Status: Alpha

The @now/bash Builder takes an entrypoint of a bash function, imports its dependencies, and bundles them into a Lambda.

A simple "hello world" example:

handler() {
  echo "Hello, from Bash!"
}

When to Use It

This Builder is the recommended way to build lambdas from shell functions.

How to Use It

This example will detail creating an uppercase endpoint which will be accessed as my-deployment.url/api/uppercase. This endpoint will convert the provided querystring to uppercase using only Bash functions and standard Unix CLI tools.

Start by creating the project structure:

mkdir -p my-bash-project/api/uppercasecd my-bash-project/api/uppercase

Inside the my-bash-project > api > uppercase directory, create an index.sh file with the following contents:

import "string@0.0.1"
import "querystring@1.3.0"

handler() {
  local path
  local query
  path="$(jq -r '.path' < "$REQUEST")"
  querystring "$path" | querystring_unescape | string_upper
}

A shell function that takes querystrings and prints them as uppercase.

Note: If you want to use a directory name other than /api, read the Builds documentation.

The final step is to define a build that will take this entrypoint (index.sh), build it, and turn it into a lambda using a now.json configuration in the root directory (my-bash-project):

{
  "version": 2,
  "builds": [{ "src": "api/**/index.sh", "use": "@now/bash" }]
}

Import can be configured by adding options to the import property of the config. The IMPORT_ prefix must not be set in this case:

{
  "version": 2,
  "builds": [
    {
      "src": "api/**/index.sh",
      "use": "@now/bash",
      "config": {
        "import": {
          "DEBUG": "1"
        }
      }
    }
  ]
}

A now.json file using a build which takes a shell file and uses the @now/bash Builder to output a lambda.

The resulting deployment can be seen here: https://bash-o54wu79wa.now.sh/

Furthermore, the source code of the deployment can be checked by appending /_src e.g. https://bash-o54wu79wa.now.sh/_src.

Note, however, that it will return an empty response without a querystring.

By passing in a querystring, the lambda will return the uppercased version. For example: https://bash-o54wu79wa.now.sh/api/uppercase?hello%20world

Technical Details

Entrypoint

The entrypoint of this Builder is a shell file that defines a handler() function. The handler() function is invoked for every HTTP request that the Lambda receives.

Build Logic

If your Lambda requires additional resources to be added into the final bundle, an optional build() function may be defined.

Any files added to the current working directory at build-time will be included in the output Lambda.

build() {
  date > build-time.txt
}

handler() {
  echo "Build time:   $(cat build-time.txt)"
  echo "Current time: $(date)"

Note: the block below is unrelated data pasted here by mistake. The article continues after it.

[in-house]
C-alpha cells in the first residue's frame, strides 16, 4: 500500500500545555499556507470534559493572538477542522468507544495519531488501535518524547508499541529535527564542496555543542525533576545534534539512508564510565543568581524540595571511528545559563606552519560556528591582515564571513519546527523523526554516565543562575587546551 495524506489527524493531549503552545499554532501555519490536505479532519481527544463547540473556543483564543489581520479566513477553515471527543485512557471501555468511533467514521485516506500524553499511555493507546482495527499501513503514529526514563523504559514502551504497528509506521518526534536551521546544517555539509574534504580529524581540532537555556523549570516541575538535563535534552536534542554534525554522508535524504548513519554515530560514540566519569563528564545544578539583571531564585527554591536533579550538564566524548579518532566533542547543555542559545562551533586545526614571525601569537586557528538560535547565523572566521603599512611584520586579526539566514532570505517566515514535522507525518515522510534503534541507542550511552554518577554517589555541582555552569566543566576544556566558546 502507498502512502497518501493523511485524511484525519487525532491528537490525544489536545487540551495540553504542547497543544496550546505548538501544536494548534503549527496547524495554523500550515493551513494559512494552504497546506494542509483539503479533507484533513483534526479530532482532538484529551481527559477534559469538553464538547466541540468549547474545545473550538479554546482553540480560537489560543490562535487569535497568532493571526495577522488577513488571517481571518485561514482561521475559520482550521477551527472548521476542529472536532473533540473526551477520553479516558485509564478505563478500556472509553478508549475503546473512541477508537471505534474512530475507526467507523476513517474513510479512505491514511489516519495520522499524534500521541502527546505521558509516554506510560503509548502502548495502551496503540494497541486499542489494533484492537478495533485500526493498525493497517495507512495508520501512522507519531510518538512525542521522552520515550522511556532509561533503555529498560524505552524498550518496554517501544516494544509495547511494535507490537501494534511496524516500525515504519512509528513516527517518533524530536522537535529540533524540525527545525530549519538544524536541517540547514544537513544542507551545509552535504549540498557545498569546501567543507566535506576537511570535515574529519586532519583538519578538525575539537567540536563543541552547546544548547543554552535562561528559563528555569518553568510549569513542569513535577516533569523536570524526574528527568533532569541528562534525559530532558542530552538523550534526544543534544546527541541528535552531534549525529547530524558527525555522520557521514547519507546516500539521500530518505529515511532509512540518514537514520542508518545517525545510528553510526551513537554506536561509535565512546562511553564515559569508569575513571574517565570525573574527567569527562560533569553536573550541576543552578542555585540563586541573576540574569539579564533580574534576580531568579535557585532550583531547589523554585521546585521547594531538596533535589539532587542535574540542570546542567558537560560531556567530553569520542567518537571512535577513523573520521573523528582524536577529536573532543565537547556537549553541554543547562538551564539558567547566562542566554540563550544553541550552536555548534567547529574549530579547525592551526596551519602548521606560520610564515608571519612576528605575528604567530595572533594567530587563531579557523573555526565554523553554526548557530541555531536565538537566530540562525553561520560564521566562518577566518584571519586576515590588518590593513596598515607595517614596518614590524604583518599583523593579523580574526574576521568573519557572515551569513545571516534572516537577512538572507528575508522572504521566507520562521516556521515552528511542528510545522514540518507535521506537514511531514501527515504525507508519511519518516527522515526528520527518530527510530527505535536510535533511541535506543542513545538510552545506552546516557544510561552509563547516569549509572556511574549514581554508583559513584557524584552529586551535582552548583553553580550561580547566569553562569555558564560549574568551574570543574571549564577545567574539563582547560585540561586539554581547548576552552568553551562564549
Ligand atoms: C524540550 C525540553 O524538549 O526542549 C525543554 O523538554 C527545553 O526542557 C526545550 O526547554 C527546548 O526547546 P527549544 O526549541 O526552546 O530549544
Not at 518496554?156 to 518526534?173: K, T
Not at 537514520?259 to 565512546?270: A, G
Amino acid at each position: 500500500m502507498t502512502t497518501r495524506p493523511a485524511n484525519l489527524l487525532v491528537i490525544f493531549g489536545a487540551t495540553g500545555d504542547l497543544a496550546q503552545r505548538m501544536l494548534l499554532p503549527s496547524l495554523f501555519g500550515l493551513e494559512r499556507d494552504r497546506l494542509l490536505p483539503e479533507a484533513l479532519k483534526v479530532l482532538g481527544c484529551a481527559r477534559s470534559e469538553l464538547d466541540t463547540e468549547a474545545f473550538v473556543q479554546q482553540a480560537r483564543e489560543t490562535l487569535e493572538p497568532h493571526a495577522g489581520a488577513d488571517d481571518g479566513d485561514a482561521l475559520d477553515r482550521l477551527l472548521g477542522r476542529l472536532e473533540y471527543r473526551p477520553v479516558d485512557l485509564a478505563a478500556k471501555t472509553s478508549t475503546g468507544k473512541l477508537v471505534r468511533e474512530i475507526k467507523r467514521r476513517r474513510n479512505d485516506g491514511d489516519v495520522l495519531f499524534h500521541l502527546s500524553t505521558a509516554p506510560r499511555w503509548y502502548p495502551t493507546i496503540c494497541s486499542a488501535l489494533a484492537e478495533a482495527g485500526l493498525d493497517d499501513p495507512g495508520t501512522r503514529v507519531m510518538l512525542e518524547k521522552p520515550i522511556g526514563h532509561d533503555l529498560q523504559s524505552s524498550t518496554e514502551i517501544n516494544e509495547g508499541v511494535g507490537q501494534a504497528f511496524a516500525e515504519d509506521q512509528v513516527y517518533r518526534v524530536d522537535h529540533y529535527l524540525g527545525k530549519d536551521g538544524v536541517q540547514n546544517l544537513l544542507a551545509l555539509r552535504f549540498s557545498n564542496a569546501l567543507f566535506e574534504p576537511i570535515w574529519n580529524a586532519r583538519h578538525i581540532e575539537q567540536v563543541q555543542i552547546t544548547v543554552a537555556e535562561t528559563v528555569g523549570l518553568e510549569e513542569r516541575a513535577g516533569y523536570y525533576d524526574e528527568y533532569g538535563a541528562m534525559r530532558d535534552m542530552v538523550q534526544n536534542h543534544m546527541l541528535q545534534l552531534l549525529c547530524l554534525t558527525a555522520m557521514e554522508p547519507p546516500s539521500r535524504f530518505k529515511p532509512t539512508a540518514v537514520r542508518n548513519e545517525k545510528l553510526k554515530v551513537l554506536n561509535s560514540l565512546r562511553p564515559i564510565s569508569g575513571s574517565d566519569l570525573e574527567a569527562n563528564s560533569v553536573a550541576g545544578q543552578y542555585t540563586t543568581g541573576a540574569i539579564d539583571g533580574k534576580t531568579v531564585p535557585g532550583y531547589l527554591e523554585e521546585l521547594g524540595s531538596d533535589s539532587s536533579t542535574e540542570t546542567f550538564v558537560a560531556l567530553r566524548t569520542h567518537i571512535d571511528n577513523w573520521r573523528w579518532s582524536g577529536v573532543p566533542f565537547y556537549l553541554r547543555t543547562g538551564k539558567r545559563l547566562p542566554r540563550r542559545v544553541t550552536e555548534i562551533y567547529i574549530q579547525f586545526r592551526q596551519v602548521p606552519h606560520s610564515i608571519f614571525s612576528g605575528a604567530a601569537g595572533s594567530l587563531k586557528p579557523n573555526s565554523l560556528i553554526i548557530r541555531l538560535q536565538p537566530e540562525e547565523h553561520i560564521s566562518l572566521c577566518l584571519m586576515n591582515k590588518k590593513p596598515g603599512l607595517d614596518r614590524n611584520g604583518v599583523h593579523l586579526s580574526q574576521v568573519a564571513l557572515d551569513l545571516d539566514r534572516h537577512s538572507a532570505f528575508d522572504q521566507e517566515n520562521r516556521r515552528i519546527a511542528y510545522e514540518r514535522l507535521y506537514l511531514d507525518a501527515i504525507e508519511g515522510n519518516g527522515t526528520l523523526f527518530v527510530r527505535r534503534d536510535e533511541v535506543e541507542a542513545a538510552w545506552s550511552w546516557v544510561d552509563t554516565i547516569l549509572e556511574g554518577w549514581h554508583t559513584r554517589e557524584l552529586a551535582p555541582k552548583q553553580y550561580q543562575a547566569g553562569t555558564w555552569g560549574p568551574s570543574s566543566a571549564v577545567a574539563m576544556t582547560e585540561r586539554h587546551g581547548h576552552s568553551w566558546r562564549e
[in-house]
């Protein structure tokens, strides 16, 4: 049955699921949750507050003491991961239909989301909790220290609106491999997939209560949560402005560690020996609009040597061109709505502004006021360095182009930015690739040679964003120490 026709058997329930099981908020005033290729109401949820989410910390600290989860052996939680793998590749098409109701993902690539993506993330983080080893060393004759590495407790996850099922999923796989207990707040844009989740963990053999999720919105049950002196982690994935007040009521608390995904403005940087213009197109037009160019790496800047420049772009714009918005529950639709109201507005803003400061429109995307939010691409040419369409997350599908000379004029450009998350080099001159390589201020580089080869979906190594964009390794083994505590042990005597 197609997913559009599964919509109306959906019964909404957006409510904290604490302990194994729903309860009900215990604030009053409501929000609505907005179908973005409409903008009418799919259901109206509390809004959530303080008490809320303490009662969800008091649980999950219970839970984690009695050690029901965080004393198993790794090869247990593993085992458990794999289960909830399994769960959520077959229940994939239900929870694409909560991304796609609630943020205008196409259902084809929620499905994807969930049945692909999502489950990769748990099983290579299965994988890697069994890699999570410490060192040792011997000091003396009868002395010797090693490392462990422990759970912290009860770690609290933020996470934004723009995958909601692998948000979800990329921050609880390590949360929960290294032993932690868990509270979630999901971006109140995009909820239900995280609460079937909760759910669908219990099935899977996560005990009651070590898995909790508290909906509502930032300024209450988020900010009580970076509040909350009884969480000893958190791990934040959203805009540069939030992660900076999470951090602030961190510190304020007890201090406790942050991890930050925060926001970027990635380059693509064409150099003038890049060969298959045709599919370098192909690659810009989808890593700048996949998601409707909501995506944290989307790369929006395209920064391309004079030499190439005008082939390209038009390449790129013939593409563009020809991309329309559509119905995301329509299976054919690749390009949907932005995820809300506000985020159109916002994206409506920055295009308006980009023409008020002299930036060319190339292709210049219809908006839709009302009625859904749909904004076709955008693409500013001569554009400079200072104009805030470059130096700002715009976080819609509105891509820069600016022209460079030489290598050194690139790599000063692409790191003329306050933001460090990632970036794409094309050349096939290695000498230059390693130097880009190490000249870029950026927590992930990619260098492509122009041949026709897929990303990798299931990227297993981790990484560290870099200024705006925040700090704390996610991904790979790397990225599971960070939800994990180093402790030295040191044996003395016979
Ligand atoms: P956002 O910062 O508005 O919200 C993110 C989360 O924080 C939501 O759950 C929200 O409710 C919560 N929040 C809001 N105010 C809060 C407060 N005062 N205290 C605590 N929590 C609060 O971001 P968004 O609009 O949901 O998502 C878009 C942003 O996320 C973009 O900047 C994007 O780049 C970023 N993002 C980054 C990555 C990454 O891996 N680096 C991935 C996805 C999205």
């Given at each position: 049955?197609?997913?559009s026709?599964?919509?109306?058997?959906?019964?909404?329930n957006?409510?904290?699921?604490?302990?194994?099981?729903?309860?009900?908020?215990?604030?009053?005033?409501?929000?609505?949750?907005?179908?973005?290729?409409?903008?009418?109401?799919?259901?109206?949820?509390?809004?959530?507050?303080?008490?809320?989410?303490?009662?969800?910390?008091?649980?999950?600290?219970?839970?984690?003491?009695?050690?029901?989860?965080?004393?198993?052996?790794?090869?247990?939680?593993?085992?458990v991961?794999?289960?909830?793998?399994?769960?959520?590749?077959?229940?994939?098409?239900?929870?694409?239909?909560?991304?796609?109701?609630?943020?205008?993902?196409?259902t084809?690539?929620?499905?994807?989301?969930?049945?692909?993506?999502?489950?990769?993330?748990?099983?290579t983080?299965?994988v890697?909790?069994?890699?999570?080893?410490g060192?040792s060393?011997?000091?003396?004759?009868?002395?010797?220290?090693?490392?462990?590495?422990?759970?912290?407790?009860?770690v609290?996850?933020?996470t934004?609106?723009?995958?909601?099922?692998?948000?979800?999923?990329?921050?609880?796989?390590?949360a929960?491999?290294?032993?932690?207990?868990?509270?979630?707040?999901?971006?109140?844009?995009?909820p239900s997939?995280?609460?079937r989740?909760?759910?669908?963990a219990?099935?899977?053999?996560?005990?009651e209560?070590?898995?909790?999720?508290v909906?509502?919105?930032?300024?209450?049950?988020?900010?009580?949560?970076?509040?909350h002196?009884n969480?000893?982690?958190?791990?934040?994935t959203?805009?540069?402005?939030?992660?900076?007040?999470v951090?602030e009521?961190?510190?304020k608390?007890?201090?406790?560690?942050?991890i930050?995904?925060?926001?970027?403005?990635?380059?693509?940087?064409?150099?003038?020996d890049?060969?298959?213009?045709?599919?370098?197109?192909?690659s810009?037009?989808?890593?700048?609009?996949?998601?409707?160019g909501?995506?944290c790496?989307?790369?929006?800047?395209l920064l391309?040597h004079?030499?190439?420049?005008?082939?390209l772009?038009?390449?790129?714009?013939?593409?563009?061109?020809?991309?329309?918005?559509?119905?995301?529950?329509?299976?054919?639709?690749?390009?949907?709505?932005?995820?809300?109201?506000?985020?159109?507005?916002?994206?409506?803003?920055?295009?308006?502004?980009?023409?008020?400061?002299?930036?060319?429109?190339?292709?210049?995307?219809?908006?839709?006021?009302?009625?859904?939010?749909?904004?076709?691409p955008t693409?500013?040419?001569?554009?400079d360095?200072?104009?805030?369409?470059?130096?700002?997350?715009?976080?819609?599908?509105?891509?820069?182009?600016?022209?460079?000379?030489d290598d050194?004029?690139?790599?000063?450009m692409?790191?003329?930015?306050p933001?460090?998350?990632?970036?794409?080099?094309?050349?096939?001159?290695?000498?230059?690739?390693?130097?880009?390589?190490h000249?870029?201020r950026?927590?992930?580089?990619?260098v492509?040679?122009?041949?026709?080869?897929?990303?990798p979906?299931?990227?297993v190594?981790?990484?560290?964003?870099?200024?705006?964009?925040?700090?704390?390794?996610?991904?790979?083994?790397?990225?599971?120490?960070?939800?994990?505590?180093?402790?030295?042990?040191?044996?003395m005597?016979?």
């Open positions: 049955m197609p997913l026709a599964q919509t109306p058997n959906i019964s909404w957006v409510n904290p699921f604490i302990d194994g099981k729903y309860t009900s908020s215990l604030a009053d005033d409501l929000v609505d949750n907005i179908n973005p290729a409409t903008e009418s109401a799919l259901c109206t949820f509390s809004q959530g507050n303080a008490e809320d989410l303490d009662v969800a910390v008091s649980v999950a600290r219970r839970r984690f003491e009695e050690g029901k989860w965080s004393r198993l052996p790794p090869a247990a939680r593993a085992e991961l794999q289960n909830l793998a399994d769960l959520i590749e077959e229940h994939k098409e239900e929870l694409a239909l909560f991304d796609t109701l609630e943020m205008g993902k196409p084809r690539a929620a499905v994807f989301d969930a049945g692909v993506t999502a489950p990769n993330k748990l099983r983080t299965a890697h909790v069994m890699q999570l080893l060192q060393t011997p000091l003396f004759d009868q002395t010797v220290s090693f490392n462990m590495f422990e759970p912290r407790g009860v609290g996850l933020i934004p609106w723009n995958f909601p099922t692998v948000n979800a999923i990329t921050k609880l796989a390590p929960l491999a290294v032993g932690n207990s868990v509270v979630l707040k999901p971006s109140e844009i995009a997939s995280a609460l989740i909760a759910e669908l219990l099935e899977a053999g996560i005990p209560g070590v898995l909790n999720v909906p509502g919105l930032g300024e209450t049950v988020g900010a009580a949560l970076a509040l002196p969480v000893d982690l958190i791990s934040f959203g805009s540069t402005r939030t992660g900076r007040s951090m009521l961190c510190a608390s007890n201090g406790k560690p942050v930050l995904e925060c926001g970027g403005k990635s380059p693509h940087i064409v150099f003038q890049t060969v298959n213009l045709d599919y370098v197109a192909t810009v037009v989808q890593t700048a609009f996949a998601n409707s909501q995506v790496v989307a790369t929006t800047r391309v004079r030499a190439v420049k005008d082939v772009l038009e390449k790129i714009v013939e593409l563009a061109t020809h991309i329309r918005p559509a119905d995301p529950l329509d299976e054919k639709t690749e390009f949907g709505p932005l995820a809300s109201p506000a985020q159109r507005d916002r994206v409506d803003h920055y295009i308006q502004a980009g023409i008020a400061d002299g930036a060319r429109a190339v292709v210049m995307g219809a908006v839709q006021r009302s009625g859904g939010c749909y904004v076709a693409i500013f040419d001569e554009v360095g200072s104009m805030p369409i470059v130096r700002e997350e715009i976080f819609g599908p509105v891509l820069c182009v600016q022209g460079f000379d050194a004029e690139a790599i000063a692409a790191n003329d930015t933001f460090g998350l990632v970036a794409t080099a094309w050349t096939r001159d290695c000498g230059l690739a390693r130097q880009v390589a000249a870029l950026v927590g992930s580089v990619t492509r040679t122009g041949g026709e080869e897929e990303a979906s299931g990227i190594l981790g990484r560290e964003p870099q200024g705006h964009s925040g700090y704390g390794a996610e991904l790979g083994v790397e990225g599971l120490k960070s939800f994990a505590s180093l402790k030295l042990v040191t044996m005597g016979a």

}

Demo: https://bash-build-j3adniz41.now.sh/

Response Headers

The default Content-Type is text/plain; charset=utf8 but you can change it by setting a response header.

handler() {
  http_response_header "Content-Type" "text/html; charset=utf8"
  echo "<h1>Current time</h1><p>$(date)</p>"
}

Demo: https://bash-html-8vveguuqn.now.sh

JSON Response

It is common for serverless functions to communicate via JSON so you can use the http_response_json function to set the content type to application/json; charset=utf8.

handler() {
  http_response_json
  echo "{ "title": "Current time", "body": "$(date)" }"
}

Demo: https://bash-json-ffsi051oy.now.sh

Status Code

The default status code is 200 but you can change it with the http_response_code method.

handler() {
  http_response_code "500"
  echo "Internal Server Error"
}

Demo: https://bash-status-wwxmmk9wh.now.sh

Redirect

You can use the http_response_redirect function to set the location and status code. The default status code is 302 temporary redirect but you could use a permanent redirect by setting the second argument to 301.

handler() {
  http_response_redirect "https://twitter.com/zeithq" "301"
  echo "Redirecting..."
}

Demo: https://bash-redirect-bmxccvg7c.now.sh

Importing Dependencies

Bash, by itself, is not very useful for writing Lambda handler logic because it does not have a standard library. For this reason, import is installed and configured by default, which allows your script to easily include additional functionality and helper logic.

For example, the querystring import may be used to parse input parameters from the request URL:

import "querystring@1.3.0"

handler() {
  local path
  local query
  path="$(jq -r '.path' < "$REQUEST")"
  query="$(querystring "$path")"
  echo "Querystring is: $query"
}

Demo: https://bash-querystring-fommsvjvs.now.sh/?a=b

Bash Version

With the @now/bash Builder, the handler script is executed using GNU Bash 4.

handler() {
  bash --version
}

Demo: https://bash-version-rkb5w4ua6.now.sh/